Beautiful Restorations Of Hitchock's Earliest Films Show A Different Side Of The Master Of Suspense
By Steven Pate in Arts & Entertainment on Aug 6, 2013 7:00PM
In Rear Window Raymond Burr catches Grace Kelly pointing to a wedding ring, then follows the implied sight-line across the alley to catch James Stewart spying on him with a telephoto lens before the lamp can be turned off. Crows gather silently on the playground equipment behind Tippi Hedren as she obliviously smokes a cigarette in The Birds. Cary Grant is transformed from the dapper, undaunted Madison Avenue man into the paragon of vulnerability by a harassing crop-duster in North by Northwest or carrying a tray of warm, potentially poisoned milk up the stairs to Joan Fontaine in Suspicion. Alfred Hitchcock didn't need sound to create movie scenes you will never forget. Even the most infamous sequence Hitchcock ever created, Janet Leigh's shower scene derives far more of its impact through the music than the on-screen sound.
Hitchcock cut his teeth in the silent era, making ten pre-talkies before he turned 30. One of those films is completely lost, but the surviving nine have been restored by the British Film Institute and are currently traveling together on a 12-venue tour which stops at the Music Box Theatre this weekend. The BFI undertook the massive restoration project to celebrate Queen Elizabeth's jubilee by doting on British Cinema's most iconic export, and the results have been getting excellent reports.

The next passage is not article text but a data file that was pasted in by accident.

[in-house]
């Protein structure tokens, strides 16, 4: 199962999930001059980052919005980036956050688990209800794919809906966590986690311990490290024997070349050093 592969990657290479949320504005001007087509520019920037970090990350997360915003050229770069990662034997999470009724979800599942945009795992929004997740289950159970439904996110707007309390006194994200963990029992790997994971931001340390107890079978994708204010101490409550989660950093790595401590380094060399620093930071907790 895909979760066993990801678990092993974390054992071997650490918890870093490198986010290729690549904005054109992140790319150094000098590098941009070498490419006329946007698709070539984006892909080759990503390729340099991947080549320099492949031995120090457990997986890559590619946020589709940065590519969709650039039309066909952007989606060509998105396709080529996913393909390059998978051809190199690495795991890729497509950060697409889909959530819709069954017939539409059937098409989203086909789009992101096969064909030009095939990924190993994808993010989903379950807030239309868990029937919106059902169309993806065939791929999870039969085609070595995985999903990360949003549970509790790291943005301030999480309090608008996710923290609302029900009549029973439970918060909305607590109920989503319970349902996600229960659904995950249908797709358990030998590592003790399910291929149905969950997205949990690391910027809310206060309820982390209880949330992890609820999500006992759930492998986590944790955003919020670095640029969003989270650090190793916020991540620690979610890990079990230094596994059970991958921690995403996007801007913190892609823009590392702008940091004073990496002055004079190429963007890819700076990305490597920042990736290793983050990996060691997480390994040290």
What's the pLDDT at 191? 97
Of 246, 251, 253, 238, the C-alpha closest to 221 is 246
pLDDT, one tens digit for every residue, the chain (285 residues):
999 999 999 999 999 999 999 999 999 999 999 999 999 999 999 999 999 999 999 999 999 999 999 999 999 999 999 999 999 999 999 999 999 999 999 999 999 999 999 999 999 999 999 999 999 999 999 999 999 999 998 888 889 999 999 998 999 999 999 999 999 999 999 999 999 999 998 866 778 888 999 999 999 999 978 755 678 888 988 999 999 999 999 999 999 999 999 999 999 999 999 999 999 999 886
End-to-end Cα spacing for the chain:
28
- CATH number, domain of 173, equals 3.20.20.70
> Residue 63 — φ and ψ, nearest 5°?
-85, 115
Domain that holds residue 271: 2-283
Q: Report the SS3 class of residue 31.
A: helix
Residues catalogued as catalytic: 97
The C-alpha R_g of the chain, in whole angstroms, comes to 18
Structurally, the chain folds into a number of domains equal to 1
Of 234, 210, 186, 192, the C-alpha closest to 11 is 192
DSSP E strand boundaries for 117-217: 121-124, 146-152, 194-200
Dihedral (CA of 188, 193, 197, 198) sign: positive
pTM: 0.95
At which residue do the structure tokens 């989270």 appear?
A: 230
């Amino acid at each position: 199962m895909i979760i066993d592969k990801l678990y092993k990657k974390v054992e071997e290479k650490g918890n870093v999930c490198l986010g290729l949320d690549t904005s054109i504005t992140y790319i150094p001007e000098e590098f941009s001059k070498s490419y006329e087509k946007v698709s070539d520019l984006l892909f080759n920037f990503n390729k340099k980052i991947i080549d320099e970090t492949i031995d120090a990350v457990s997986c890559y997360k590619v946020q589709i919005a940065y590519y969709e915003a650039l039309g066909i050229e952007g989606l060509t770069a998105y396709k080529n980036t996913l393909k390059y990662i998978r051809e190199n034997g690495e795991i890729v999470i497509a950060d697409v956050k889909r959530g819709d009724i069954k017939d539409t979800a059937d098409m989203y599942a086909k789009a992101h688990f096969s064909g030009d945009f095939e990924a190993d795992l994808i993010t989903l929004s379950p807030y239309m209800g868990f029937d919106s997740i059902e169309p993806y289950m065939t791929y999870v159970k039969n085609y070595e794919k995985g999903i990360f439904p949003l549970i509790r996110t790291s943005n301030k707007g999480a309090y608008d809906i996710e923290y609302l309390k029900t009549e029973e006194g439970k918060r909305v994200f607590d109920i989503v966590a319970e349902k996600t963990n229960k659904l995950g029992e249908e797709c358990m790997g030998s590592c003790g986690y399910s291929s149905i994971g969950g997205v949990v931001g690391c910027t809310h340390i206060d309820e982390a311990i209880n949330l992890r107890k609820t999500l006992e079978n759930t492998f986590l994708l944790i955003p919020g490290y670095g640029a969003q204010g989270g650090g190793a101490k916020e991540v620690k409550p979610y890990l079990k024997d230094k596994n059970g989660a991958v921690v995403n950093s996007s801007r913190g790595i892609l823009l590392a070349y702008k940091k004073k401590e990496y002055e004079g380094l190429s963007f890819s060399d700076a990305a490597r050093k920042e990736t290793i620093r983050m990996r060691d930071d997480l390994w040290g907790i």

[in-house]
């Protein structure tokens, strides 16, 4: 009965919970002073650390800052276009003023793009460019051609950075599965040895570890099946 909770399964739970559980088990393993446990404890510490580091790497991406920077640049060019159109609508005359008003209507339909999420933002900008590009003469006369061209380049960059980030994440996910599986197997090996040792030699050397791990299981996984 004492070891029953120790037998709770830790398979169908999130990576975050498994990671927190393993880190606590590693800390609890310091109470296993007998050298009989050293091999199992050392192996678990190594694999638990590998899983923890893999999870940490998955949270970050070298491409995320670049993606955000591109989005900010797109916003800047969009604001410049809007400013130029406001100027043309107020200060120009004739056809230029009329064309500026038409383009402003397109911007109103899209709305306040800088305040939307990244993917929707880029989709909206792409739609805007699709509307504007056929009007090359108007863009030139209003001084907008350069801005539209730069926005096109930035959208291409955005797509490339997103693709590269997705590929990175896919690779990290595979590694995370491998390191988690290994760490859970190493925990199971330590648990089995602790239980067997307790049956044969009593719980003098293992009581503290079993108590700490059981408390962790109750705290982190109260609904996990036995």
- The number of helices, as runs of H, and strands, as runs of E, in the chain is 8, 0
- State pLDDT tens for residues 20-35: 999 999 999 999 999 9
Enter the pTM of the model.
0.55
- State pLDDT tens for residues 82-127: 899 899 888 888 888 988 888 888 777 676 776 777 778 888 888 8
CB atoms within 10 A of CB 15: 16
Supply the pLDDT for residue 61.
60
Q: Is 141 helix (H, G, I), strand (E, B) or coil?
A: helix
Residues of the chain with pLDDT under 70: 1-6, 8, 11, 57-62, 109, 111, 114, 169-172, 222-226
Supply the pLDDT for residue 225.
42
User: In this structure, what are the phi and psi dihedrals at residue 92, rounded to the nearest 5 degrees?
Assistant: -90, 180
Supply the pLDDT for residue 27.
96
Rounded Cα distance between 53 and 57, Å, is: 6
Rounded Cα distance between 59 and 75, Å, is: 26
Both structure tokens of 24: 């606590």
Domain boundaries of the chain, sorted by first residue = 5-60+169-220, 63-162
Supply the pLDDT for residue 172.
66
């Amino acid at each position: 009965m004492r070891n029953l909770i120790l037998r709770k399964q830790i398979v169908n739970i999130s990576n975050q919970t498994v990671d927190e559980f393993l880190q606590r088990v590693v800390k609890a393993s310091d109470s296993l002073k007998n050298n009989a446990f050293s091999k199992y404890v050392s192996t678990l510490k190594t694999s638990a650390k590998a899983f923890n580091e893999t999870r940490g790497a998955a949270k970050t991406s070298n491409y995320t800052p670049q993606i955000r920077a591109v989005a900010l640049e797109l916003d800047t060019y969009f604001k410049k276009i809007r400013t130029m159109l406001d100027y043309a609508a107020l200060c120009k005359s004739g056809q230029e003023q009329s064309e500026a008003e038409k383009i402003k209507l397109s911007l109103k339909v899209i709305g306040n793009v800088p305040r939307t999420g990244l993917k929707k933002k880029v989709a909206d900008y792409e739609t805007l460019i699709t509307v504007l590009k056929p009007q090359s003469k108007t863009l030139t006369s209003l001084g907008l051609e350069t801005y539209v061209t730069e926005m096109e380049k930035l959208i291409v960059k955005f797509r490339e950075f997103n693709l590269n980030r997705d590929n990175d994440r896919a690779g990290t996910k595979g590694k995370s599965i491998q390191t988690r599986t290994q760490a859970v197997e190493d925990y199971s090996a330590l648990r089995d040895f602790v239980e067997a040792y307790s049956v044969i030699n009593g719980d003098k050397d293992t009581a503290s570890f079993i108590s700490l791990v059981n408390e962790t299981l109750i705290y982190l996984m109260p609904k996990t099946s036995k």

On tap are a couple of movies that any Hitch fan would recognize as the handiwork of the Master of Suspense, Blackmail and the much-beloved The Lodger, which was not only dubbed by the director himself as "the first true Hitchcock picture" but also features the first of his trademark cameo appearances. To our way of thinking, however, the real treats are the other films, which don't fit as neatly with what we expect from the director. We're talking about a romantic comedy about a flapper? (Champagne), a Noel Coward adaptation (Easy Virtue), chorus girls just trying to make it (The Pleasure Garden), one love triangle involving a boxer (The Ring), another on the cliffs of Cornwall (The Manxman ), a tale of gossip and scandal (Downhill), and an unambiguous comedy (The Farmer's Wife).
"Silent pictures are the pure motion picture form," Hitchcock once said. Taking in these nearly-lost treasures in the form they were intended is quite a rare treat (they won't be finding their way to Blu-Ray or DVD any time soon, due to lack of funds and ongoing rights issues). The BFI commissioned new scores in period style for these films, the Music Box has accompaniment lined up from the Mont Alto Motion Picture Orchestra and house organist Dennis Scott for many of the screenings. Check out the schedule below.
Friday, Aug. 9
8:30 p.m.: Blackmail (with live accompaniment from the Mont Alto Orchestra)
Saturday, Aug. 10
3:30 p.m.: Easy Virtue (with live accompaniment from organist Dennis Scott)
6 p.m.: Champagne (Dennis Scott)
8:30 p.m.: The Lodger (Mont Alto Orchestra)
Sunday, Aug. 11
3:30 p.m.: The Pleasure Garden (with Dennis Scott)
6:30 p.m.: The Ring (with the Mont Alto Orchestra)
9 p.m.: Downhill
Monday, Aug. 12
6 p.m.: The Lodger
8:30 p.m.: The Farmer's Wife (with Dennis Scott)
Tuesday, Aug. 13
6 p.m.: The Lodger
8:30 p.m.: The Manxman (with Dennis Scott)
The Hitchcock 9 show Aug. 9-13 at Chicago's Music Box Theatre, 3733 N. Southport.